In an age where chemical, biological, radioactive or nuclear (CBRN) emergencies, both accidental and deliberate, pose a real threat to society, we are creating new integrated systems and technologies to aid first responders and save lives.
Our multi-million pound TOXI-Triage project, which brings together experts from across Europe, is creating novel ways to give effective and diagnostically sound medical and toxic assessments to the casualties of a CBRN event amid the confusion, disorder, and dangers it would bring.
These new technologies and systems will revolutionise the way emergency services across the world tackle a CBRN incident.
Find out how:
Accurate and rapid CBRN diagnosis
Working with the TOXI-Triage partners, we have identified candidate metabolic markers present in the breath, saliva or skin of someone affected by radiation. Work is now underway on the data we have recovered from toxic alcohols and pesticides (which act in a similar manner to nerve agents).
We have used these metabolic markers to create a ‘diagnosis map’ which can be used alongside new analysis technology to carry out rapid triage of casualties in a CBRN emergency.
As well as identifying those who need urgent treatment, our technology can also quickly give the all clear to those that have not been affected. Reassurance in such crisis situations is equally as important to not overburden healthcare services that would already be under great stress.
Using social media to detect and track a crisis situation
In 2019 it is estimated that there will be around 2.77 billion social media users around the globe.
Our TOXI-Motive system can collect and analyse over 4,000 tweets a second, searching for key words, phrases and hashtags that could be linked to an emerging CBRN incident.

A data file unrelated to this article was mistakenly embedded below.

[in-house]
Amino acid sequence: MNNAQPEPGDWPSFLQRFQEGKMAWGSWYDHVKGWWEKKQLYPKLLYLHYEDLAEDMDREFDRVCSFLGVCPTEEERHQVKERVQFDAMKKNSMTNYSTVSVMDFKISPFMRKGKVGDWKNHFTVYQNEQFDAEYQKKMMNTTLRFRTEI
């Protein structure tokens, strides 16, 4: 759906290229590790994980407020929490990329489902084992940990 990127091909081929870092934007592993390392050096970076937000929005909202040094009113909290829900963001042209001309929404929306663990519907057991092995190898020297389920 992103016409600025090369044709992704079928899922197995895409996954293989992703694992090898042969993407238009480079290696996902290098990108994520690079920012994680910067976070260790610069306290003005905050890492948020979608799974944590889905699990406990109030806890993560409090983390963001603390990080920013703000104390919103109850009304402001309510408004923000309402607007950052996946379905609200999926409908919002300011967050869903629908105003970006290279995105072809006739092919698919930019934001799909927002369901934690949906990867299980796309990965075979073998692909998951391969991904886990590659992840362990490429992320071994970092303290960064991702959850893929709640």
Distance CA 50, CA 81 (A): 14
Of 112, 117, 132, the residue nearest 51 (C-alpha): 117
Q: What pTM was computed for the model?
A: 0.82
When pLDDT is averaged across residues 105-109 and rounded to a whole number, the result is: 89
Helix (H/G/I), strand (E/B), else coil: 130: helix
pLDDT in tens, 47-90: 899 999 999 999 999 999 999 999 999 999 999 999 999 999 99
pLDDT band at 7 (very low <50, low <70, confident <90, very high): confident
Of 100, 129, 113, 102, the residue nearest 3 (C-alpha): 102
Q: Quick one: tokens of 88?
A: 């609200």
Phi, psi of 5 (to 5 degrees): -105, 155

It uses a detailed dashboard to present key data to incident commanders, providing on-the-ground information from the public as an emergency develops. It also acts as an important tool in combatting fake news, highlighting inaccurate information that may be being shared and enabling official sources to correct and target their communications.
Mapping each stage of an emergency response
Having a robust plan for any eventuality during a CBRN is the difference between life and death.
We have worked with End Users to deliver research for each stage and operational level of an emergency response – from the first blue light responders on the scene up to the most senior governmental positions.
The complex system of real-time decision-making also aims to bridge the gap between the detection and diagnostic technology, giving emergency responders instant guidance about which resources and equipment best fit the circumstances.
This gives an important framework for the development of new CBRN technologies to increase situational awareness, accuracy and efficiency in the emergency response including detection, communication, diagnosis and decontamination.
Sharing accurate and effective communications
In the midst of a CBRN crisis where there may be low public knowledge alongside high levels of anxiety, finding the best way to reach audiences of different cultural and ethnic backgrounds, and with varied information-seeking patterns and abilities, is a major challenge.
Our researchers are producing new recommendations to guide official communications during a CBRN crisis as well as setting out the standards for clear and compelling communications during the incident.
Providing emergency services with accurate information in real time and saving lives of those affected by chemical, biological, radioactive or nuclear (CBRN) disasters.
Rapid chemical detection
To support first responders in the rapid evaluation of an incident hot zone T4i engineering, an SME based on the Loughborough University Science and Enterprise Park, has developed air sampling technology small enough to be carried by a drone.
The T4i DOVER™ (Drone Operable Vapour Examiner and Recorder) can be fitted to a UAV, flown into contaminated air space and in real time feedback information on the chemical compounds present in the atmosphere.
Although chemical sensing technology already exists, the T4i DOVER is the first to be compact enough to be fitted to a drone and capable of getting accurate air samples when on-board multi-rotor aircrafts.